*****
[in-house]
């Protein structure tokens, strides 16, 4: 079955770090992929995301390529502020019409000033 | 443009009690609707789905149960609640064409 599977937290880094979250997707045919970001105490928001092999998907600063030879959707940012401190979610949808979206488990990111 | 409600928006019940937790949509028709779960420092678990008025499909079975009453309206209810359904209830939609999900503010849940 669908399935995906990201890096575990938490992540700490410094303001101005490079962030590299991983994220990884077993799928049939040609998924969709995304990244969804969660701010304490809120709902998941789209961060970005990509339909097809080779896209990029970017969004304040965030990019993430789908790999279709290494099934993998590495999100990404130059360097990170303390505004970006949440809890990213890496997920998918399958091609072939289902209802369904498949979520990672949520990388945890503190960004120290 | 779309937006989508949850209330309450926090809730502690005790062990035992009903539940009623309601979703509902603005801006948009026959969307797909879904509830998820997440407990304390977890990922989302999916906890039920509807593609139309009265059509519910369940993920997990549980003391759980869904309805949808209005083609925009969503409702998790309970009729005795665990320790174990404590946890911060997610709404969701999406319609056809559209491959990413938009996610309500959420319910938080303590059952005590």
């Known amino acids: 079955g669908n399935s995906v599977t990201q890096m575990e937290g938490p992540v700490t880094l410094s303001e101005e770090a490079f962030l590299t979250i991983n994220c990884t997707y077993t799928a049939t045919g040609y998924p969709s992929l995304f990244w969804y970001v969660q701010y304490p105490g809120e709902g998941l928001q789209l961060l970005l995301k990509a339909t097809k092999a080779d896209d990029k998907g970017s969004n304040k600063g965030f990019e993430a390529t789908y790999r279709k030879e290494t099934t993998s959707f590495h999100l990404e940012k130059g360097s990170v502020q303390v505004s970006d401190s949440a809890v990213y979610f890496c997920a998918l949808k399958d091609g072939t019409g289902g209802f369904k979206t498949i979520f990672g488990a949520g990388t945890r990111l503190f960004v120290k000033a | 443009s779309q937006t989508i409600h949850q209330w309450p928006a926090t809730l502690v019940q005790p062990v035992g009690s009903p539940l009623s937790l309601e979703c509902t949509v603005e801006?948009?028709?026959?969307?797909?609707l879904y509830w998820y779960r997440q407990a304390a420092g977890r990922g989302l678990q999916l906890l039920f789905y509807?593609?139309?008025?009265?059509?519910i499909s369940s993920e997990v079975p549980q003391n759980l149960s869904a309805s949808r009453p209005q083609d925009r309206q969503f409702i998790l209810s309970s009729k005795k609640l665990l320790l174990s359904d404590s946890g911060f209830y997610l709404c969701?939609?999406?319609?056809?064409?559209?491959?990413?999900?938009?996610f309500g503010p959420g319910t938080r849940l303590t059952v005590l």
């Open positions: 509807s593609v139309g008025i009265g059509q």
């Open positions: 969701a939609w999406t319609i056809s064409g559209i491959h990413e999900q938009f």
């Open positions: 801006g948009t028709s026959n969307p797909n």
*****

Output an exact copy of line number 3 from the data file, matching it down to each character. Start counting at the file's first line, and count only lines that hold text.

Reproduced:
């Known amino acids: 079955g669908n399935s995906v599977t990201q890096m575990e937290g938490p992540v700490t880094l410094s303001e101005e770090a490079f962030l590299t979250i991983n994220c990884t997707y077993t799928a049939t045919g040609y998924p969709s992929l995304f990244w969804y970001v969660q701010y304490p105490g809120e709902g998941l928001q789209l961060l970005l995301k990509a339909t097809k092999a080779d896209d990029k998907g970017s969004n304040k600063g965030f990019e993430a390529t789908y790999r279709k030879e290494t099934t993998s959707f590495h999100l990404e940012k130059g360097s990170v502020q303390v505004s970006d401190s949440a809890v990213y979610f890496c997920a998918l949808k399958d091609g072939t019409g289902g209802f369904k979206t498949i979520f990672g488990a949520g990388t945890r990111l503190f960004v120290k000033a | 443009s779309q937006t989508i409600h949850q209330w309450p928006a926090t809730l502690v019940q005790p062990v035992g009690s009903p539940l009623s937790l309601e979703c509902t949509v603005e801006?948009?028709?026959?969307?797909?609707l879904y509830w998820y779960r997440q407990a304390a420092g977890r990922g989302l678990q999916l906890l039920f789905y509807?593609?139309?008025?009265?059509?519910i499909s369940s993920e997990v079975p549980q003391n759980l149960s869904a309805s949808r009453p209005q083609d925009r309206q969503f409702i998790l209810s309970s009729k005795k609640l665990l320790l174990s359904d404590s946890g911060f209830y997610l709404c969701?939609?999406?319609?056809?064409?559209?491959?990413?999900?938009?996610f309500g503010p959420g319910t938080r849940l303590t059952v005590l």